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Can IBM’s Mountain Of Data Fix Your Email Nightmare?

Is there room to innovate in the email and collaboration space? Infused with data and design chops, IBM is going to try.

Can IBM’s Mountain Of Data Fix Your Email Nightmare?
[Photo: Flickr user Patrick]

Everyone loves to hate email. The decades-old digital messaging standard has been shunned by high-profile tech bloggers (“the absolute devil!”) and declared nearly dead by a Facebook cofounder. Yet even Google’s attempt to reinvent collaboration and messaging was a legendary failure. So who’s going to step up with the next attempt to reinvent this seemingly permanent feature of our digital lives?

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Would you believe IBM?

The granddaddy of tech giants is launching a new platform today called IBM Verse. Billed as an enterprise collaboration suite, Verse has a heavy focus on re-imagining email with a simplified design and some under-the-hood smarts that IBM hopes will set it apart from the approximately six gazillion companies already competing in the space.

“This is mail that understands you,” says Jeff Schick, IBM’s head of social enterprise solutions. “It leverages analytics to understand your characteristics and behaviors and that which is most important to you.”

In a nutshell, IBM Verse does a few things: It attempts to simplify the email user interface by de-cluttering it and offering more direct pathways to the people and tasks that seem most important to you. It also integrates a calendar and other collaboration tools in ways that try to be less intrusive and more contextually useful.

Beyond the visual rethinking of email, Verse has a lot going on under the hood. IBM is using its own analytics platform to craft what it hopes will prove to be a much smarter inbox. Instead of just a list of unread messages, you’ll see a row of avatars–these are your colleagues and recent business contacts. They are ranked by how much you communicate with them, for example, or show who you may be awaiting a response from.

Meanwhile, IBM Verse will mine the contents of messages to try and understand their importance. This is a little like Google’s Priority Inbox, but with a more enterprise-focused logic behind it. In particular, IBM Verse is big on actions and figuring out which emails have some expected action tied to them. It also promises some advanced classification and filtering options that could make it easier to sift through the mountain of mail.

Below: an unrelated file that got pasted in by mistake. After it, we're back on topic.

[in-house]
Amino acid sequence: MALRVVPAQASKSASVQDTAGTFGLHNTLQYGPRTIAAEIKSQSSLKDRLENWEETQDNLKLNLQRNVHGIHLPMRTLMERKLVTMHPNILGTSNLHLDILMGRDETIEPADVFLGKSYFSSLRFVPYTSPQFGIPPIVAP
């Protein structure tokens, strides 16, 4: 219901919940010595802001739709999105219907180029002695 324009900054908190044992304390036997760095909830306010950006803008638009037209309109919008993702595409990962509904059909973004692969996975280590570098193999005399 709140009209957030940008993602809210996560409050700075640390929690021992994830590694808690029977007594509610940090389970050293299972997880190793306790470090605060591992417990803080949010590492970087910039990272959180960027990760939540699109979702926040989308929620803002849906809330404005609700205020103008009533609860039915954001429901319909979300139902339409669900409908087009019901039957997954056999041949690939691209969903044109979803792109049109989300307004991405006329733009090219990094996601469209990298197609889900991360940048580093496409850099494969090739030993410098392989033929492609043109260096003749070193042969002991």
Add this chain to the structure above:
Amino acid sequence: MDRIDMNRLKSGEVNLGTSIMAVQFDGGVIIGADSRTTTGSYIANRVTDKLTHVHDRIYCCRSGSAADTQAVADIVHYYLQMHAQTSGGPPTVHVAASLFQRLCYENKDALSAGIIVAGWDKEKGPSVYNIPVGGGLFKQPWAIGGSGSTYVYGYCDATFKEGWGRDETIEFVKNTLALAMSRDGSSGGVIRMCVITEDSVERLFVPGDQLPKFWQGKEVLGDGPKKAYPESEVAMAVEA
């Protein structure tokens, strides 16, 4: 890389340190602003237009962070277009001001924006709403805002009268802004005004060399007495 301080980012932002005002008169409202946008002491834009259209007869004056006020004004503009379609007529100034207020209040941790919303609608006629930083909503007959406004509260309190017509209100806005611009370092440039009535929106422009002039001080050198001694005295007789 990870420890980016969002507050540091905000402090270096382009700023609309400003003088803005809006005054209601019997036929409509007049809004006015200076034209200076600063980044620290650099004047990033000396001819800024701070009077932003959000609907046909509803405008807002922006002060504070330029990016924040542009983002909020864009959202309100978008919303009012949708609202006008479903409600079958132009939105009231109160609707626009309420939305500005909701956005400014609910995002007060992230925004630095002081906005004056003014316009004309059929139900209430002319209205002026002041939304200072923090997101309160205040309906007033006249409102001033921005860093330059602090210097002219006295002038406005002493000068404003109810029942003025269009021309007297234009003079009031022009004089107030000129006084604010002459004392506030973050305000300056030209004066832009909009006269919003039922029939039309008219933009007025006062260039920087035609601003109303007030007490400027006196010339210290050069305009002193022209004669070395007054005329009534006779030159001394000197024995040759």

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For Verse to gain traction, IBM is going to need all the unique selling points it can trot out. Not only is email and communication a long-established, crowded space, but recent “focused email” efforts like Google’s Inbox and Microsoft’s Clutter appear to take aim at the same desire for a more sane digital work environment that IBM is aiming for. Meanwhile, real-time collaboration tools such as Yammer and Slack are gaining steam as replacements for what used to happen via inter-office email.

IBM is banking on the use of data smarts to set itself apart. When IBM Verse launches early next year, it will not only use IBM’s analytics-powered filtering and message prioritization, but it will offer a hint at its own future: Watson integration. Initially, IBM Verse have an optional Watson add-on that will serve as a sort of AI-powered tech support for the product itself. Natural language questions about Verse’s functionality and how to troubleshoot issues will yield relevant answers. It’s a minor, if still somewhat neat feature, but it’s hard to imagine that’s where IBM’s AI-powered collaboration ambitions end.

About the author

John Paul Titlow is a writer at Fast Company focused on music and technology, among other things.

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